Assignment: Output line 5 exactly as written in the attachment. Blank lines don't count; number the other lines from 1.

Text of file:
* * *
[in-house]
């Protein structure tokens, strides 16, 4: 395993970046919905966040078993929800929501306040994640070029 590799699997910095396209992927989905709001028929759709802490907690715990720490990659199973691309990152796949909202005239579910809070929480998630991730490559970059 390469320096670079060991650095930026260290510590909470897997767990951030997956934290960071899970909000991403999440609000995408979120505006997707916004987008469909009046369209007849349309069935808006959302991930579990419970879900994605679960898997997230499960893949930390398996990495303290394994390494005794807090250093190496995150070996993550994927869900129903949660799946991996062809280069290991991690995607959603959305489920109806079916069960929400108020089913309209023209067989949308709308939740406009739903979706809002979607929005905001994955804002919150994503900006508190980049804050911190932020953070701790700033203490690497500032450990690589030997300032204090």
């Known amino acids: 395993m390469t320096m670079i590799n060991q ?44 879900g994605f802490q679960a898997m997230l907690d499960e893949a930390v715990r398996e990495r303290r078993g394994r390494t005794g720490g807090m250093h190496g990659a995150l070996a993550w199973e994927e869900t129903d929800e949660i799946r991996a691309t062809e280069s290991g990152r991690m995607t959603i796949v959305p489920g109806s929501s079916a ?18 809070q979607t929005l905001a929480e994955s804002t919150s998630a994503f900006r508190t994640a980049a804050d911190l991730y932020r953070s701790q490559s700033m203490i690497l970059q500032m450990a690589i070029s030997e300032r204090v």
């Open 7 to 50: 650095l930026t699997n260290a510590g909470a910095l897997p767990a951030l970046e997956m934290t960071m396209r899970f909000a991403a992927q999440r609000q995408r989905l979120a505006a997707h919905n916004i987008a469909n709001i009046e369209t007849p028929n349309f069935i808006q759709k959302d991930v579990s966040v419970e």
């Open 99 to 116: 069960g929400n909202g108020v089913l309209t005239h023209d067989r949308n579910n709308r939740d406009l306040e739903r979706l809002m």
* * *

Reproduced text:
């Open 99 to 116: 069960g929400n909202g108020v089913l309209t005239h023209d067989r949308n579910n709308r939740d406009l306040e739903r979706l809002m």